"Benefits of spatiotemporal modeling for short-term wind power forecasting at both individual and aggregated levels" and "Effects of uncertainties in hydrological modelling: A case study of a mountainous catchment in Southern Norway"
Ingelin Steinsland (Norwegian University of Science and Technology)
Friday 9th March, 2018 15:00-16:00 Maths 311B
Paper: Benefits of spatiotemporal modeling for short-term wind power forecasting at both individual and aggregated levels, Environmetrics 2018, DOI 10.1002/env.2493
Amanda Lenzi (DTU), Ingelin Steinsland (NTNU) & Pierre Pinson (DTU)
Abstract: The share of wind energy in total installed power capacity has grown rapidly in recent years. Producing accurate and reliable forecasts of wind power production, together with a quantification of the uncertainty, is essential to optimally integrate wind energy into power systems. We build spatiotemporal models for wind power generation and obtain full probabilistic forecasts from15 min to 5 h ahead. Detailed analyses of forecast performances on individual wind farms and aggregated wind power are provided. The predictions from our models are evaluated on a data set from wind farms in western Denmark using a sliding window approach, for which estimation is performed using only the last available measurements. The case study shows that it is important to have a spatiotemporal model instead of a temporal one to achieve calibrated aggregated forecasts. Furthermore, spatiotemporal models have the advantage of being able to produce spatially out-of-sample forecasts. We use a Bayesian hierarchical framework to obtain fast and accurate forecasts of wind power generation not only at wind farms where recent data are available but also at a larger portfolio including wind farms without recent observations of power production. The results and the methodologies are relevant for wind power forecasts across the globe and for spatiotemporal modeling in general.
Paper: Effects of uncertainties in hydrological modelling. A case study of a mountainous catchment in Southern Norway
Kolbjørn Engeland (NVE), Ingelin Steinsland (NTNU), Stian Solvang Johansen (Statkraft), Asgeir Petersen-Øverleir (Statkraft), Sjur Kolberg (SINTEF)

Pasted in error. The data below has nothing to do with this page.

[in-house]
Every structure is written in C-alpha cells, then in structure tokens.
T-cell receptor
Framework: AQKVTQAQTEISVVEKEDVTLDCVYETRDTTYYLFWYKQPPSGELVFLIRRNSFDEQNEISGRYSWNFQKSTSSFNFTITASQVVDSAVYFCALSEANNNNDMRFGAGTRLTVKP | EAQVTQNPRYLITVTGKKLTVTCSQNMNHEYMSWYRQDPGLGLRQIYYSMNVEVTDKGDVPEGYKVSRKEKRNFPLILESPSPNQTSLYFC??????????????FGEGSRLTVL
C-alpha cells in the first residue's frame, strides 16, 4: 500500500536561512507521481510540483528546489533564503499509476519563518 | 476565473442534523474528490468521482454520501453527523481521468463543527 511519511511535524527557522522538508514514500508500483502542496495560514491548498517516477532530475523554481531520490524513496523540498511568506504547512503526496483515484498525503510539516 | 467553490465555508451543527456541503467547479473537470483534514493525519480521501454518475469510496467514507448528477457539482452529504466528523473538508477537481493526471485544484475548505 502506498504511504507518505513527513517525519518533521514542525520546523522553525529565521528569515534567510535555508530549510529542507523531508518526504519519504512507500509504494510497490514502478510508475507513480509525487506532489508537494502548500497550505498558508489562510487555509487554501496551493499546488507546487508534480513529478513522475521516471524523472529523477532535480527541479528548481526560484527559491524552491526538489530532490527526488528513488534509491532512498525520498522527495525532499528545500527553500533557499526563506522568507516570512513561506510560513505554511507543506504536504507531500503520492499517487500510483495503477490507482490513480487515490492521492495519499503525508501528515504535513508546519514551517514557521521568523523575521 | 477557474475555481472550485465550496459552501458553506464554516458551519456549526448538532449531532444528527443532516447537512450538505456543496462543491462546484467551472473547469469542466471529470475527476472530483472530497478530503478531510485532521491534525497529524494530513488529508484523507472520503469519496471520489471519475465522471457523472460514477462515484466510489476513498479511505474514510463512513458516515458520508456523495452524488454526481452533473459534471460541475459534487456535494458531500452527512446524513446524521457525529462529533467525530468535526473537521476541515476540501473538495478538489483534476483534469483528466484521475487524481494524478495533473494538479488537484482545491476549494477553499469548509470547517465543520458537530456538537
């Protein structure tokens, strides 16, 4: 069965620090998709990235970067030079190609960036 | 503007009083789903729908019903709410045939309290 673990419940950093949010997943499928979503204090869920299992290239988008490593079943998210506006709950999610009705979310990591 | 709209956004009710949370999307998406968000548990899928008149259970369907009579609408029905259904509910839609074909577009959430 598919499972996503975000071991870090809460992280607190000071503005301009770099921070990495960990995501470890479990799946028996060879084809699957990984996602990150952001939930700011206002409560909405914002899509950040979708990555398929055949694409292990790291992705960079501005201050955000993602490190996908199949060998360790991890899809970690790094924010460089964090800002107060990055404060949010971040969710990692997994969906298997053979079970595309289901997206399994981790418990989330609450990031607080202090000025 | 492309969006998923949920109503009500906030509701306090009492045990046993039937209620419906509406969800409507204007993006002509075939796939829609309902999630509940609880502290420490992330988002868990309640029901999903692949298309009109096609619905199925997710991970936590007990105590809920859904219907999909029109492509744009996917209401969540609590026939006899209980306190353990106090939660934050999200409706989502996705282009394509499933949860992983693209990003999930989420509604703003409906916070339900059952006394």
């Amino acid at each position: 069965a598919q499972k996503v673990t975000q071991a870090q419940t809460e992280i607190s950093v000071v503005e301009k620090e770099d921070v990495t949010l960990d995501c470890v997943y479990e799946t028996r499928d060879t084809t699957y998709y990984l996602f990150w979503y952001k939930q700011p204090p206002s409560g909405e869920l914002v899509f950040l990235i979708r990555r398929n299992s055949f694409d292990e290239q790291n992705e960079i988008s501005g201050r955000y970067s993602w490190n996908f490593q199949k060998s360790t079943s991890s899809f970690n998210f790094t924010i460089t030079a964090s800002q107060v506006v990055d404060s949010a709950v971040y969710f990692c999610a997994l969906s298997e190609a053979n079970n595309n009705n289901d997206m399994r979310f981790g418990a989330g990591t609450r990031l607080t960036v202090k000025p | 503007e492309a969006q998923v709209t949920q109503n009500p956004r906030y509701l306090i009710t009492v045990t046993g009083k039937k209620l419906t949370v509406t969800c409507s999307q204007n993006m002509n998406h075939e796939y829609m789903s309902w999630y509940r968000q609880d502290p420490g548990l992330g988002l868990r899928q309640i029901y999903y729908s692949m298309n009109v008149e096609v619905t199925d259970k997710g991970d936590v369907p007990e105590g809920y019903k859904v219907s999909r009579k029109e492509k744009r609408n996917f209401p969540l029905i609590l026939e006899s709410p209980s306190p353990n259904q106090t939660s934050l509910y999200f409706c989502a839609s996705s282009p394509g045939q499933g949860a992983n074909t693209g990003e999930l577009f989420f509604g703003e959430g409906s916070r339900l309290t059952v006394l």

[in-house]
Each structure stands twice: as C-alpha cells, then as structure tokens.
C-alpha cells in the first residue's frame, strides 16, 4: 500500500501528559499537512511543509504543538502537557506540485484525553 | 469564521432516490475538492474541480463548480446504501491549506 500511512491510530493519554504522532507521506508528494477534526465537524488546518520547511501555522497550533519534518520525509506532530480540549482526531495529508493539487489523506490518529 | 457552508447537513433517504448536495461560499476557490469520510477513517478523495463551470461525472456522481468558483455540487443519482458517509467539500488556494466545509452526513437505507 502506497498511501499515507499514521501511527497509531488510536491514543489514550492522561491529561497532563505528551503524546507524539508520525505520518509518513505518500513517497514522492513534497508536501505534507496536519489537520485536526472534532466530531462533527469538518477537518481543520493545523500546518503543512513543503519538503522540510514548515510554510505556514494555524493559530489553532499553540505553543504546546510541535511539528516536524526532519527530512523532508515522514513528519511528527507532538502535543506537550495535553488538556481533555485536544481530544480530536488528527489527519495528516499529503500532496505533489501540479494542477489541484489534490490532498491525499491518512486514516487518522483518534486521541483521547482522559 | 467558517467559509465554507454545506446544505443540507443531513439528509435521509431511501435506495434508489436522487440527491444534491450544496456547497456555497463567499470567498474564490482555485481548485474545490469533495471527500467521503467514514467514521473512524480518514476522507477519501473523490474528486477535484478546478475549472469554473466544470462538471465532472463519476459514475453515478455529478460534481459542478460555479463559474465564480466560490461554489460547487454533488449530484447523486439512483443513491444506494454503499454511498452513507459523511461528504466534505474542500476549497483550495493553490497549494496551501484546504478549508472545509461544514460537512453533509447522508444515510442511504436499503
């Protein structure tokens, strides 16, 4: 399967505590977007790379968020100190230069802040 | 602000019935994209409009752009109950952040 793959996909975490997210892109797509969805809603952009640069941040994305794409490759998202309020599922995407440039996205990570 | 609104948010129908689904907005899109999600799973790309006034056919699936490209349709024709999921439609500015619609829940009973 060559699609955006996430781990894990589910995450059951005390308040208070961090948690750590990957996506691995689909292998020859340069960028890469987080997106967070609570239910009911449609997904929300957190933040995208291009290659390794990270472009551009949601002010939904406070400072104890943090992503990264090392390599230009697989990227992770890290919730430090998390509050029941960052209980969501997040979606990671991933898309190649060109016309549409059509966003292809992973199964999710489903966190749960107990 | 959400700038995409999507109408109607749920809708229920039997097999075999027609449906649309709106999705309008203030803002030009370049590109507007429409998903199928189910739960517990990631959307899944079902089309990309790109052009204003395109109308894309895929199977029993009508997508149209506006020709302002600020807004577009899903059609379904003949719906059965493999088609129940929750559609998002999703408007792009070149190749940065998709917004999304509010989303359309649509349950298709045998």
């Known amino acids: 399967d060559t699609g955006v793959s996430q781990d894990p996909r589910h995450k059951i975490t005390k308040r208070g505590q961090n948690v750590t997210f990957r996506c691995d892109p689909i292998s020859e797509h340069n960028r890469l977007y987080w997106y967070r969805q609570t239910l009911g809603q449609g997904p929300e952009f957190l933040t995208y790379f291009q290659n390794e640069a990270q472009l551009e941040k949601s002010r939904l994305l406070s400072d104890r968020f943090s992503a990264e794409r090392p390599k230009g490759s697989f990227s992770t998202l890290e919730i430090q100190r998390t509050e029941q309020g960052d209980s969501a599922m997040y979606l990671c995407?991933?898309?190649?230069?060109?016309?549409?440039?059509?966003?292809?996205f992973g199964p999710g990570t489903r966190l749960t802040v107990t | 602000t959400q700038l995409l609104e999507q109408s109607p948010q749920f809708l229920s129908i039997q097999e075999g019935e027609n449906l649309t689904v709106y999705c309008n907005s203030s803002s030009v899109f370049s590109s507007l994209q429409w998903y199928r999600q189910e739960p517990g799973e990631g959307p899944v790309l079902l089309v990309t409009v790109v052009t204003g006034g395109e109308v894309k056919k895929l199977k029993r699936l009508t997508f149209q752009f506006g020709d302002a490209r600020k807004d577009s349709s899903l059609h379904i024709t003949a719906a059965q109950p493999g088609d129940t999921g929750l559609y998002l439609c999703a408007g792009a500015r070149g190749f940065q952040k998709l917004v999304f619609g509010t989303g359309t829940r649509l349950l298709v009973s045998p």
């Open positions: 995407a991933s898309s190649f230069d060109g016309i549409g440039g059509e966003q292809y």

Abstract: In this study, we explore the effect of uncertainty and poor observation quality on hydrological model calibration and predictions. The Osali catchment in Western Norway was selected as case study and an elevation distributed HBV-model was used. We systematically evaluated the effect of accounting for uncertainty in parameters, precipitation input, temperature input and streamflow observations. For precipitation and temperature we accounted for the interpolation uncertainty, and for streamflow we accounted for rating curve uncertainty. Further, the effects of poorer quality of precipitation input and streamflow observations were explored. Less information about precipitation was obtained by excluding the nearest precipitation station from the analysis, while reduced information about the streamflow was obtained by omitting the highest and lowest streamflow observations when estimating the rating curve. The results showed that including uncertainty in the precipitation and temperature inputs has a negligible effect on the posterior distribution of parameters and for the Nash–Sutcliffe (NS) efficiency for the predicted flows, while the reliability and the continuous rank probability score (CRPS) improves. Less information in precipitation input resulted in a shift in the water balance parameter Pcorr, a model producing smoother streamflow predictions, giving poorer NS and CRPS, but higher reliability. The effect of calibrating the hydrological model using streamflow observations based on different rating curves is mainly seen as variability in the water balance parameter Pcorr. When evaluating predictions, the best evaluation scores were not achieved for the rating curve used for calibration, but for rating curves giving smoother streamflow observations. Less information in streamflow influenced the water balance parameter Pcorr, and increased the spread in evaluation scores by giving both better and worse scores.